This week, Joe interviews Rick Dungey, of the National Christmas Tree Assoc to discuss the topic of which is greener, a real tree or an artificial one that can be reused for years. Rick shares some interesting points in this lively discussion. We also address the best ways to recycle a tree after the holidays plus, selection and care for a living tree.
Hi everybody, it’s Joe Lamp’l and welcome to Growing a Greener World. This is a show for people who love to garden and spend time outdoors, and who really care about environmental stewardship.
In honor of the holiday season we’ll take on the discussion of which is greener; an artificial tree that can be reused for years, or a real tree that’s cut down and used only once? To answer that question, we’ll talk to Rick Dungey, Public Relations Manager for the National Christmas Tree Association. Rick also shares some of the ways real trees can be recycled after Christmas.
And while we’re on the subject, how do you select and care for the greenest option of all; a living tree that you plant after the season? I’ll tell you everything you need to know. If you have a question or comment, contact us anytime! Our phone line is always open. The number is 206.337.0375, or email us at email@example.com…
Real vs. Artificial Christmas Trees – Which is greener?
Well, before you ever really stop to analyze it, it may seem as though an artificial tree is better for the environment. After all, how could cutting down a real tree ever be a greener decision? And besides, fake trees can be reused for years! But when you stop to really assess the alternatives, making the greener choice is even easier than the paper or plastic decision you face at the grocery store. Rick Dungey is Public Relations Manager for the National Christmas Tree Association, and just the guy I needed to talk to clear up some misconceptions.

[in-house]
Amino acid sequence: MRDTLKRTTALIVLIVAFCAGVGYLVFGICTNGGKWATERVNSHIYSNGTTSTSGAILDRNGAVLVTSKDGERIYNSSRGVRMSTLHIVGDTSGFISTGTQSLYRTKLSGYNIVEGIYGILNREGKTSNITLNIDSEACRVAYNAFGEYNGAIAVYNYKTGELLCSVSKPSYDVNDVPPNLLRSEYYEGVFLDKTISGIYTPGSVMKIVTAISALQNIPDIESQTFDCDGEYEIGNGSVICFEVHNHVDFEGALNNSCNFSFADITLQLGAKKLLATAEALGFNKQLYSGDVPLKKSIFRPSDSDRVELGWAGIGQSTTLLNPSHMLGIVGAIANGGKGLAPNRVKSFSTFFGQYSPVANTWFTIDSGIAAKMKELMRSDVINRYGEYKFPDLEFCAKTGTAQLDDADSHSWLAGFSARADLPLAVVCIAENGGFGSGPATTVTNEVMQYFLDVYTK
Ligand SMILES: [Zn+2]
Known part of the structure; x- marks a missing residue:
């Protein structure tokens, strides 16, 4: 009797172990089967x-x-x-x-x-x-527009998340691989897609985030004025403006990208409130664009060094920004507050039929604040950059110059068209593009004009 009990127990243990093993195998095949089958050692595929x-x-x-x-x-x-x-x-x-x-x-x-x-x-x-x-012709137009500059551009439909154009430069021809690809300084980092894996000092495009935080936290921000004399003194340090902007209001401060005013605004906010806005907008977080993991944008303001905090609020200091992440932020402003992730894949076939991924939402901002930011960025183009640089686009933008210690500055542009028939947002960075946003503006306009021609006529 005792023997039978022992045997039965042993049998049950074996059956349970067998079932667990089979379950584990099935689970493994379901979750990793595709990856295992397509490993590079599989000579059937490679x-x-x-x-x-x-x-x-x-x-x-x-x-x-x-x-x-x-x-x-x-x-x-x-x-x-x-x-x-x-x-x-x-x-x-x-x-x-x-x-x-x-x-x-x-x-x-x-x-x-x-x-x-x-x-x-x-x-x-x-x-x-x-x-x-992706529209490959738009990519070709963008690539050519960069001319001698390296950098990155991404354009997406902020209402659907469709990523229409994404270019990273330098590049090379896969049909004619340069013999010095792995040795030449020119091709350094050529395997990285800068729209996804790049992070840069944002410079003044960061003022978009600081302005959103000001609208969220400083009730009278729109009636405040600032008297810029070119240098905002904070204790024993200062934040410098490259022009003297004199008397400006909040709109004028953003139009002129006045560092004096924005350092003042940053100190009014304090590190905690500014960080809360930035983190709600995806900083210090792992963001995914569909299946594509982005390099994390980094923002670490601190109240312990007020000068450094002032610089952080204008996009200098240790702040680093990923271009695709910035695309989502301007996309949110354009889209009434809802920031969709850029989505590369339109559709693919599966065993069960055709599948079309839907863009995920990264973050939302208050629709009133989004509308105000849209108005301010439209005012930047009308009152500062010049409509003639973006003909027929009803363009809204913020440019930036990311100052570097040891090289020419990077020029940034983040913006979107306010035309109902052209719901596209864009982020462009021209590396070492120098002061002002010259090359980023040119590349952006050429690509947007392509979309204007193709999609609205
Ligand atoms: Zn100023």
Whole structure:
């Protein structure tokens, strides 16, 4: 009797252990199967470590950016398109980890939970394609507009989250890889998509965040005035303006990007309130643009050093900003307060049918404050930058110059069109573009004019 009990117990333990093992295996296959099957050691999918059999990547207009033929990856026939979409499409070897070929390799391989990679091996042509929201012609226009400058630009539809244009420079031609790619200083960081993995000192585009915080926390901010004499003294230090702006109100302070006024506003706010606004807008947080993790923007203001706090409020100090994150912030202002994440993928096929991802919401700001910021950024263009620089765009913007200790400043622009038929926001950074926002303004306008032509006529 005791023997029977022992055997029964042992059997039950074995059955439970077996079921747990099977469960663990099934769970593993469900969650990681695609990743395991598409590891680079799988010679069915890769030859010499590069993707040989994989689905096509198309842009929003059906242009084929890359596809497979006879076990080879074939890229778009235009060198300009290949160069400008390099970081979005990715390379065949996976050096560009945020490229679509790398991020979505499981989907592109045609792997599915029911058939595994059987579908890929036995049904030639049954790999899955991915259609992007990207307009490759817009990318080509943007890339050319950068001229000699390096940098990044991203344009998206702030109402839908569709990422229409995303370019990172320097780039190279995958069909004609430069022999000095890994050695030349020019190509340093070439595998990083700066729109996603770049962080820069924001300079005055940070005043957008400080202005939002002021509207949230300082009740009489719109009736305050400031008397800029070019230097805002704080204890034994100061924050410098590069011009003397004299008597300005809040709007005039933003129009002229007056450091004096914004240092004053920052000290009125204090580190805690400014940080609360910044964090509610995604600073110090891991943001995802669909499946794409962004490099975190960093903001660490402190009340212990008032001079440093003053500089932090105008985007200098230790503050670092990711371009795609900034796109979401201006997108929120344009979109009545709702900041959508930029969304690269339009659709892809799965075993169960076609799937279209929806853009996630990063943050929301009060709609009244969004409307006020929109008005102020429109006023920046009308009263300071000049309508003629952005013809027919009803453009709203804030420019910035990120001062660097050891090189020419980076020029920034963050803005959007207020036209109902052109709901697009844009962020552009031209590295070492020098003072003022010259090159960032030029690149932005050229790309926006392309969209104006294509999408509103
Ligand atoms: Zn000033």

Rick Dungey Interview (not transcribed)
Home page to The National Christmas Tree Assoc – http://www.christmastree.org/
The 10 Biggest Myths about Christmas Trees – http://www.christmastree.org/myths.cfm
Tree Talk Blog – http://www.realtreetalk.blogspot.com/
Selection and Care of a Live Christmas tree
In recent years, the popularity of live or living Christmas trees has been on the rise. Many people see this as a far better option than choosing an artificial tree and even a better choice than having a farm grown tree cut down, especially when you consider the chemicals used to maintain it, plus the great distance some trees travel to make it into your house. Unfortunately, many of the live trees don’t survive the holiday season, but it doesn’t have to be that way. Knowing how to choose, plant, and care for a live Christmas tree will make for a happier holiday, and a valuable addition to your landscape.
When purchasing your live tree, be sure to pick a variety that will grow well in your area. Consider the mature height and width of the tree and know where you will plant it in your landscape. The most common tree species used for living Christmas trees include Spruce, Pines and Firs, although many garden centers market any cone-shaped tree as an option for Christmas. Although these may not be considered “traditional” choices, they may be the best option for your area.
Before you bring the tree home, make sure you’re buying healthy stock. Many trees sold for Christmas, could be leftovers from earlier seasons, or might be in poor shape. Check the tree for good color and needle retention, soft flexible branching, and a root system, if you can see it, that isn’t “bound” by its container. The root area should be moist, and not overly dry from lack of water. Also, look the tree over for any signs of damage due to pests or diseases.